Income Tax

The rest of the winnings clubbed with your annual income would be further taxed as income under the applicable Income Tax Slabs as follows:

Income SlabOld RegimeNew Regime
₹0 – ₹2.50 lakh0%0%
₹2.50 lakh – ₹3 lakh5%0%
₹3 lakh – ₹5 lakh5%5%
₹5 lakh – ₹6 lakh20%5%
₹6 lakh – ₹7.5 lakh20%10%
₹7.5 lakh – ₹9 lakh20%10%
₹9 lakh – ₹10 lakh20%15%
₹10 lakh – ₹12 lakh30%15%
₹12 lakh – ₹12.5 lakh30%20%
₹12.5 lakh – ₹15 lakh30%20%
₹15 lakh+30%30%

For instance, if you are left with ₹4 lakh in winnings after TDS and surcharge deduction in a fiscal year along with an annual income of ₹2 lakh, the total amount of ₹6 lakh would be taxed at 20% as per the old regime and 5% as per the new regime. Based on the regime you choose, you’d be eventually left with either ₹4,80,000 or ₹5,70,000.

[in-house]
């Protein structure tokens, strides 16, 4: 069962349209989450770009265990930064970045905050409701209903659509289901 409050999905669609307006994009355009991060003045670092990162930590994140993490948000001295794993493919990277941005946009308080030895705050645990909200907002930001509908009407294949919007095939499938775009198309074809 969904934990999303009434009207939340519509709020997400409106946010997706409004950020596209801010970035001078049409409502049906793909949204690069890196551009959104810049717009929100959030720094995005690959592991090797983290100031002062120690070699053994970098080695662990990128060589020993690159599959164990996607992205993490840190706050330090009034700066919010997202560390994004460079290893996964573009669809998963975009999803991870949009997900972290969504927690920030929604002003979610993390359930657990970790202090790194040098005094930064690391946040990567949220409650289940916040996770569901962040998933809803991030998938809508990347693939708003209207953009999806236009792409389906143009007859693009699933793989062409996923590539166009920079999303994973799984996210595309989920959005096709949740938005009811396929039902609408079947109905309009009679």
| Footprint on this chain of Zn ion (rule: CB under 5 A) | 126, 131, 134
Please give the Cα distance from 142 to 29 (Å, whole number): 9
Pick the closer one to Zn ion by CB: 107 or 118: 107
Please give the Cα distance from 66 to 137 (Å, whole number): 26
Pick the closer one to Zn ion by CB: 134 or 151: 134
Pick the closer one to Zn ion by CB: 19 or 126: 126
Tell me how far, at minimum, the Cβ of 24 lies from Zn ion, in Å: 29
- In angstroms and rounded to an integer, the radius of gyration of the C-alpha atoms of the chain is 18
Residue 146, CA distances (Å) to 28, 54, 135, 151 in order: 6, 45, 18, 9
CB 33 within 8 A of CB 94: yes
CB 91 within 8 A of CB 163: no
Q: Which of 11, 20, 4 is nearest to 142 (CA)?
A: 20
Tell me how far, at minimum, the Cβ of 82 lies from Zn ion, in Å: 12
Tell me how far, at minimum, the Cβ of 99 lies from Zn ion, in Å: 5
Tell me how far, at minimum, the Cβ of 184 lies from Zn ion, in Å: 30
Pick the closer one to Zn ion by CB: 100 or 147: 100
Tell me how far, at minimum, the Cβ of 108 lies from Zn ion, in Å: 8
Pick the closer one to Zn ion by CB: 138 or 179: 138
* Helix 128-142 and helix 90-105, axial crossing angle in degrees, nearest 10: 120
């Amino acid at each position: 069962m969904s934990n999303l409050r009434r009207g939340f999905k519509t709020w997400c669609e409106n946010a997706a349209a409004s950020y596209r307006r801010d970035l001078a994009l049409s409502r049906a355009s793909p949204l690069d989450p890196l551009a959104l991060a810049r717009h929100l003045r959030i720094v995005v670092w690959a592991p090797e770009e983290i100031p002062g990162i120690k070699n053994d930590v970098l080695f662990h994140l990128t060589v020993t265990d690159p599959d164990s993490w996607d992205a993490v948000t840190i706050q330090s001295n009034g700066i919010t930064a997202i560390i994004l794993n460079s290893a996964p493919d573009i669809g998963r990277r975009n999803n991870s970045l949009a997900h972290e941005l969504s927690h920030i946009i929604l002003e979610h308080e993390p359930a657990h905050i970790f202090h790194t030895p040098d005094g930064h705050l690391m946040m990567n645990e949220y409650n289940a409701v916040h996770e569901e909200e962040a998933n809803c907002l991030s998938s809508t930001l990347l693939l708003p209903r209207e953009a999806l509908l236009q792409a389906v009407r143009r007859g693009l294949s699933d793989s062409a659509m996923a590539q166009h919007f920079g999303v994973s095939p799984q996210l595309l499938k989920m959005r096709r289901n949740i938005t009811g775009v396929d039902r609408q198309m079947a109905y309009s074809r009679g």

Tax Deduction on Winnings Paid in Kind

When gambling or betting winnings are paid in kind, the TDS has to be paid to the government by deducting an amount equal to the market value of the non-cash item. For instance, if a car is paid out as a lottery prize, either the organizer of the lottery or the winner of the prize has to make arrangements for the TDS to be paid as per the market value of the car.

Tax Deduction on Winnings Paid in Part Cash and Part Kind

When winnings are paid out as a combination of cash and kind, the TDS computation is based on the cash portion of the prize and the market value of the non-cash item.